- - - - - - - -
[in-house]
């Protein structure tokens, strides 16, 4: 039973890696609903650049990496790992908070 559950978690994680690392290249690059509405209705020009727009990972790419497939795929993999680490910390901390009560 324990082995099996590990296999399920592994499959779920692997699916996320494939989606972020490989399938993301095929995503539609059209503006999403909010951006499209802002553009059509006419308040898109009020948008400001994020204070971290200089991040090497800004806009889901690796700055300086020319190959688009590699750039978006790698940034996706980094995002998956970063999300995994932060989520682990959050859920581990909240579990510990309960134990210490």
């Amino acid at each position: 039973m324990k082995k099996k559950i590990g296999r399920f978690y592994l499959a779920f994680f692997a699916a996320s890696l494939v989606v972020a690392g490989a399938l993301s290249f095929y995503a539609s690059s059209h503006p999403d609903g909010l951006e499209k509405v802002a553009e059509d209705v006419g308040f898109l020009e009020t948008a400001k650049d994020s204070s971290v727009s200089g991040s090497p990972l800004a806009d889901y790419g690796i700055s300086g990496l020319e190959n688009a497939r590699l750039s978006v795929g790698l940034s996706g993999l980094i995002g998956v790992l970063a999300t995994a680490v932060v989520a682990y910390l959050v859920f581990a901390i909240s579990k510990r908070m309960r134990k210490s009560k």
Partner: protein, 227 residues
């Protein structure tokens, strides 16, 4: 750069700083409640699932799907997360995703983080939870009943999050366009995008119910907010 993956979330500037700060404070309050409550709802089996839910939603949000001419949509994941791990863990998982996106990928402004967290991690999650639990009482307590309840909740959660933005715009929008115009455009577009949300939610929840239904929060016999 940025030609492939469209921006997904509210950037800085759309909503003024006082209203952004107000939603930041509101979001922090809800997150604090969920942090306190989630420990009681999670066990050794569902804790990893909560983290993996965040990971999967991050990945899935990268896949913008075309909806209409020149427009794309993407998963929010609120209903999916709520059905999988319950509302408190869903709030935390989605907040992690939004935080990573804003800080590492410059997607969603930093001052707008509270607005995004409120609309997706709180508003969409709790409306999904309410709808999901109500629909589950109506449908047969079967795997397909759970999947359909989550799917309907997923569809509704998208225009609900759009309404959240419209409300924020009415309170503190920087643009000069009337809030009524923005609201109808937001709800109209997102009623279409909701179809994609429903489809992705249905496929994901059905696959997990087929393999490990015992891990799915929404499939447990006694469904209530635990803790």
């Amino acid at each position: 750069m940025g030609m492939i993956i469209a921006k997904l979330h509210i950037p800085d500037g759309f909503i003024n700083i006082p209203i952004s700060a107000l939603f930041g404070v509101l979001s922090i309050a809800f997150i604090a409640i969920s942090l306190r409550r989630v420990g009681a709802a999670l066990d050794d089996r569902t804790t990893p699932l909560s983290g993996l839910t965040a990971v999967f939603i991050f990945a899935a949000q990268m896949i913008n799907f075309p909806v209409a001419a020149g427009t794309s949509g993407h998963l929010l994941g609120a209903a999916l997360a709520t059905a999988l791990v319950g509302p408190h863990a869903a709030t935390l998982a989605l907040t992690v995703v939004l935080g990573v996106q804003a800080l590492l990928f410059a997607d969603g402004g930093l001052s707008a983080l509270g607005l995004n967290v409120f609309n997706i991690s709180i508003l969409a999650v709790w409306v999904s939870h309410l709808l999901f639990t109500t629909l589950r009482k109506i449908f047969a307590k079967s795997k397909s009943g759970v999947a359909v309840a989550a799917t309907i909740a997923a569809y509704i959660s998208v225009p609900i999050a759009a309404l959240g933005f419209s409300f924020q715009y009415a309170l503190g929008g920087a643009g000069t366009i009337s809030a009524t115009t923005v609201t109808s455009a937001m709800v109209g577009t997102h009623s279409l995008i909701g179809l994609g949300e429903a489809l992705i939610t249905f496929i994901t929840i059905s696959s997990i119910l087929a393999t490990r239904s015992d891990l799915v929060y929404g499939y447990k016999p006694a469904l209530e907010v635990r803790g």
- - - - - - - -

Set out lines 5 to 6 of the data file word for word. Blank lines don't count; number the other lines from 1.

């Protein structure tokens, strides 16, 4: 750069700083409640699932799907997360995703983080939870009943999050366009995008119910907010 993956979330500037700060404070309050409550709802089996839910939603949000001419949509994941791990863990998982996106990928402004967290991690999650639990009482307590309840909740959660933005715009929008115009455009577009949300939610929840239904929060016999 940025030609492939469209921006997904509210950037800085759309909503003024006082209203952004107000939603930041509101979001922090809800997150604090969920942090306190989630420990009681999670066990050794569902804790990893909560983290993996965040990971999967991050990945899935990268896949913008075309909806209409020149427009794309993407998963929010609120209903999916709520059905999988319950509302408190869903709030935390989605907040992690939004935080990573804003800080590492410059997607969603930093001052707008509270607005995004409120609309997706709180508003969409709790409306999904309410709808999901109500629909589950109506449908047969079967795997397909759970999947359909989550799917309907997923569809509704998208225009609900759009309404959240419209409300924020009415309170503190920087643009000069009337809030009524923005609201109808937001709800109209997102009623279409909701179809994609429903489809992705249905496929994901059905696959997990087929393999490990015992891990799915929404499939447990006694469904209530635990803790």
């Amino acid at each position: 750069m940025g030609m492939i993956i469209a921006k997904l979330h509210i950037p800085d500037g759309f909503i003024n700083i006082p209203i952004s700060a107000l939603f930041g404070v509101l979001s922090i309050a809800f997150i604090a409640i969920s942090l306190r409550r989630v420990g009681a709802a999670l066990d050794d089996r569902t804790t990893p699932l909560s983290g993996l839910t965040a990971v999967f939603i991050f990945a899935a949000q990268m896949i913008n799907f075309p909806v209409a001419a020149g427009t794309s949509g993407h998963l929010l994941g609120a209903a999916l997360a709520t059905a999988l791990v319950g509302p408190h863990a869903a709030t935390l998982a989605l907040t992690v995703v939004l935080g990573v996106q804003a800080l590492l990928f410059a997607d969603g402004g930093l001052s707008a983080l509270g607005l995004n967290v409120f609309n997706i991690s709180i508003l969409a999650v709790w409306v999904s939870h309410l709808l999901f639990t109500t629909l589950r009482k109506i449908f047969a307590k079967s795997k397909s009943g759970v999947a359909v309840a989550a799917t309907i909740a997923a569809y509704i959660s998208v225009p609900i999050a759009a309404l959240g933005f419209s409300f924020q715009y009415a309170l503190g929008g920087a643009g000069t366009i009337s809030a009524t115009t923005v609201t109808s455009a937001m709800v109209g577009t997102h009623s279409l995008i909701g179809l994609g949300e429903a489809l992705i939610t249905f496929i994901t929840i059905s696959s997990i119910l087929a393999t490990r239904s015992d891990l799915v929060y929404g499939y447990k016999p006694a469904l209530e907010v635990r803790g």